Master of Science
Little is known about what information can be gathered from microsatellite eDNA. It is important to gain a deeper understanding of the detectability and analysis of microsatellite eDNA because it could provide information about population size that mitochondrial eDNA cannot. Water samples were collected from tank and river experiments, and rivers known to contain Atlantic salmon (Salmo salar) and analyzed for Atlantic salmon mitochondrial and microsatellite eDNA. Mitochondrial eDNA was detected from all the tank experiments and 10 out of 15 rivers known to contain Atlantic salmon. Microsatellite eDNA was detected from all the tank experiments and none of the river experiments. The microsatellite alleles detected from the water were not solely representative of the genotypes of the fish in the tanks, thus individuals could not be clearly identified. The inconsistent detectability of nonrepresentative microsatellite alleles from water suggests that microsatellite eDNA cannot presently provide population-level information about Atlantic salmon.
Summary for Lay Audience
The analysis of environmental DNA (eDNA), or DNA from animals detected from water and soil, is a non-invasive tool to determine information about animals. Mitochondrial eDNA, mitochondrial DNA detected from water, is used to determine the presence of different fish species. Mitochondrial eDNA can determine the presence of fishes because each species of fish has different mitochondrial DNA, so mitochondrial DNA detected from an eDNA sample can be separated by fish species, and the number of species can be counted. Nuclear eDNA is another type of DNA that can be detected from water and could potentially provide information about how many individuals of a fish species are present in the water. One type of nuclear DNA being investigated is microsatellite DNA because microsatellite DNA typically differs from individual to individual, so if microsatellite DNA can be detected from eDNA samples the DNA could be separated by individual and the number of individuals could be counted. Past research has found that microsatellite eDNA is detectable from water, but a study has not been done to see if the microsatellite eDNA found in water matches the DNA of individuals present in the water. Thus, water samples were collected from tank and field experiments, and rivers containing Atlantic salmon, and I analyzed the samples for mitochondrial and microsatellite eDNA. Mitochondrial eDNA was detected from all the tank experiments, confirming that Atlantic salmon DNA was present in the tank water. Additionally, mitochondrial eDNA was detected from 1/7 of the adult return, 7/12 of the naturalized watershed, and 7/16 of the stocked river sites containing Atlantic salmon, thus Atlantic salmon were at those sites. Microsatellite eDNA was detected from all the tank water samples and compared to the DNA detected from the fish in the tanks. The microsatellite DNA from the water was not a good enough match to the fish DNA to identify individuals. Overall, this study was the first to directly compare microsatellite DNA detected from water with the DNA of the fish in that water, and it does not support using microsatellite eDNA to identify individuals.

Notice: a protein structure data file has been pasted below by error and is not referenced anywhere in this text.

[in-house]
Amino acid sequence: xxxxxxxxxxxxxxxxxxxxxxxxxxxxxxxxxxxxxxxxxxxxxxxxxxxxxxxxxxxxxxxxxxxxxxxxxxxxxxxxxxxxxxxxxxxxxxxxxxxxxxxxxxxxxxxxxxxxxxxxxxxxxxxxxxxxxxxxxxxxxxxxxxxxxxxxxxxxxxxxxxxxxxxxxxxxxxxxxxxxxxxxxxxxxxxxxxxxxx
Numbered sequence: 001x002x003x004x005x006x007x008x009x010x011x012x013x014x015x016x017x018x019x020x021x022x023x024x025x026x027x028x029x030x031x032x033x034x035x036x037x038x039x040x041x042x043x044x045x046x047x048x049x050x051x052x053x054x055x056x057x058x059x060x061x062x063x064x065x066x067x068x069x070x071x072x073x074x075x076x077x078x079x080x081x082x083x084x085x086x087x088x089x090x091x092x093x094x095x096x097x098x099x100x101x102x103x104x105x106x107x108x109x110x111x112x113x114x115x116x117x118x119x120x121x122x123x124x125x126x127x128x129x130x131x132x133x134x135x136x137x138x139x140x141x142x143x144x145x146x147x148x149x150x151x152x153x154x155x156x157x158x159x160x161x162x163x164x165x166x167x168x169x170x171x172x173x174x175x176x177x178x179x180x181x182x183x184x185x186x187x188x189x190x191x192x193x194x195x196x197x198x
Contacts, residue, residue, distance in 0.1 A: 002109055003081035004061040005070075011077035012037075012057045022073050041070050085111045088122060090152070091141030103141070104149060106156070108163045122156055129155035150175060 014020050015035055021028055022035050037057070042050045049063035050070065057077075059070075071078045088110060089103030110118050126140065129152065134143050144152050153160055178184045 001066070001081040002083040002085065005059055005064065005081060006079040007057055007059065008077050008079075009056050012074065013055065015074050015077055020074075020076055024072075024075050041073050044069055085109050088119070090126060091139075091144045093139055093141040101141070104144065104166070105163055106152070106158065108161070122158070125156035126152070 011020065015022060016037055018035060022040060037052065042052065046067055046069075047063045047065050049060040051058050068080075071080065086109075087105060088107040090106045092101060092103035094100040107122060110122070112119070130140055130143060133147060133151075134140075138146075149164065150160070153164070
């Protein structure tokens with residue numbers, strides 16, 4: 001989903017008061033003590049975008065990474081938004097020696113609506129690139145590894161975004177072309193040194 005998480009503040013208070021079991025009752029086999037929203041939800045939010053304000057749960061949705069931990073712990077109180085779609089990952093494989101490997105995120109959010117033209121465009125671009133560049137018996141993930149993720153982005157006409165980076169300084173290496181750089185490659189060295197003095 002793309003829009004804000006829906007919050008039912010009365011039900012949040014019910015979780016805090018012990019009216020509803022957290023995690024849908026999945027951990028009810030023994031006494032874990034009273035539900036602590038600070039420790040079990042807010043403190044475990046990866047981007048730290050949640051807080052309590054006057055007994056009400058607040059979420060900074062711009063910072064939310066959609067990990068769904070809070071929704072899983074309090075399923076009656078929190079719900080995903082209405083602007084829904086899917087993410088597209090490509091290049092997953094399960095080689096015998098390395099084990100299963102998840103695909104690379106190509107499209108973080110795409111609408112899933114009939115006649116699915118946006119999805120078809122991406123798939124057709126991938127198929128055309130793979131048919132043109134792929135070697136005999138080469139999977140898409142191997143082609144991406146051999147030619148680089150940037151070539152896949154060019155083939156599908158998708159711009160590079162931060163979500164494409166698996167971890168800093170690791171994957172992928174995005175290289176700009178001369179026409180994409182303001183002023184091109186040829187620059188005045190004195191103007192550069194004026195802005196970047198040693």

Miklosi, Simone N., "The detectability of Atlantic salmon (Salmo salar) microsatellite and mitochondrial environmental DNA" (2023). Electronic Thesis and Dissertation Repository. 9686.